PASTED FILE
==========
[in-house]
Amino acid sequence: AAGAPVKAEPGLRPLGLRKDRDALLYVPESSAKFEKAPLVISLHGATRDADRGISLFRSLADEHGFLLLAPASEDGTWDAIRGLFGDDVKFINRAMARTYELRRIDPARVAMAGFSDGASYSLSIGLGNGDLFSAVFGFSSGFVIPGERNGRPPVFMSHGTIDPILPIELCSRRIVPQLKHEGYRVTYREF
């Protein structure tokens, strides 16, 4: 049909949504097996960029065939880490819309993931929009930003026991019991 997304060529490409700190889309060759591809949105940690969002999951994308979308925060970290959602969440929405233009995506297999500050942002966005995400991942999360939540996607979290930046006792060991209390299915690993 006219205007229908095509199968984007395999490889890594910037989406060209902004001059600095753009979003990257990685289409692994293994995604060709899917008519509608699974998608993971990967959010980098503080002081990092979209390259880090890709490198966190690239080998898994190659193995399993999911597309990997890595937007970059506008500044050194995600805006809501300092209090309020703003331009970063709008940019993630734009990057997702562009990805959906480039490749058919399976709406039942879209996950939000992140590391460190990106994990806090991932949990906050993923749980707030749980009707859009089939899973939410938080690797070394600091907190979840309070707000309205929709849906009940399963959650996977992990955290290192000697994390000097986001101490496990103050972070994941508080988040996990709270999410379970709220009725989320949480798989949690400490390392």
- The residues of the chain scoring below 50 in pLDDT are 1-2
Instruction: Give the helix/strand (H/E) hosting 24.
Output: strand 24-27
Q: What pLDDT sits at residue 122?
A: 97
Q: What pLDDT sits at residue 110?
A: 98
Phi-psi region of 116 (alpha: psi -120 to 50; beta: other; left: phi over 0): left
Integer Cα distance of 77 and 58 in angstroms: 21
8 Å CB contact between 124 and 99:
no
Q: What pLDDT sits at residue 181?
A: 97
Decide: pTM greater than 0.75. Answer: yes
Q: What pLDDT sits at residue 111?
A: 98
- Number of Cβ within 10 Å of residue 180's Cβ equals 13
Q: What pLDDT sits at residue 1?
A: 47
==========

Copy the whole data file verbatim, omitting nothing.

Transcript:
[in-house]
Amino acid sequence: AAGAPVKAEPGLRPLGLRKDRDALLYVPESSAKFEKAPLVISLHGATRDADRGISLFRSLADEHGFLLLAPASEDGTWDAIRGLFGDDVKFINRAMARTYELRRIDPARVAMAGFSDGASYSLSIGLGNGDLFSAVFGFSSGFVIPGERNGRPPVFMSHGTIDPILPIELCSRRIVPQLKHEGYRVTYREF
């Protein structure tokens, strides 16, 4: 049909949504097996960029065939880490819309993931929009930003026991019991 997304060529490409700190889309060759591809949105940690969002999951994308979308925060970290959602969440929405233009995506297999500050942002966005995400991942999360939540996607979290930046006792060991209390299915690993 006219205007229908095509199968984007395999490889890594910037989406060209902004001059600095753009979003990257990685289409692994293994995604060709899917008519509608699974998608993971990967959010980098503080002081990092979209390259880090890709490198966190690239080998898994190659193995399993999911597309990997890595937007970059506008500044050194995600805006809501300092209090309020703003331009970063709008940019993630734009990057997702562009990805959906480039490749058919399976709406039942879209996950939000992140590391460190990106994990806090991932949990906050993923749980707030749980009707859009089939899973939410938080690797070394600091907190979840309070707000309205929709849906009940399963959650996977992990955290290192000697994390000097986001101490496990103050972070994941508080988040996990709270999410379970709220009725989320949480798989949690400490390392």
- The residues of the chain scoring below 50 in pLDDT are 1-2
Instruction: Give the helix/strand (H/E) hosting 24.
Output: strand 24-27
Q: What pLDDT sits at residue 122?
A: 97
Q: What pLDDT sits at residue 110?
A: 98
Phi-psi region of 116 (alpha: psi -120 to 50; beta: other; left: phi over 0): left
Integer Cα distance of 77 and 58 in angstroms: 21
8 Å CB contact between 124 and 99:
no
Q: What pLDDT sits at residue 181?
A: 97
Decide: pTM greater than 0.75. Answer: yes
Q: What pLDDT sits at residue 111?
A: 98
- Number of Cβ within 10 Å of residue 180's Cβ equals 13
Q: What pLDDT sits at residue 1?
A: 47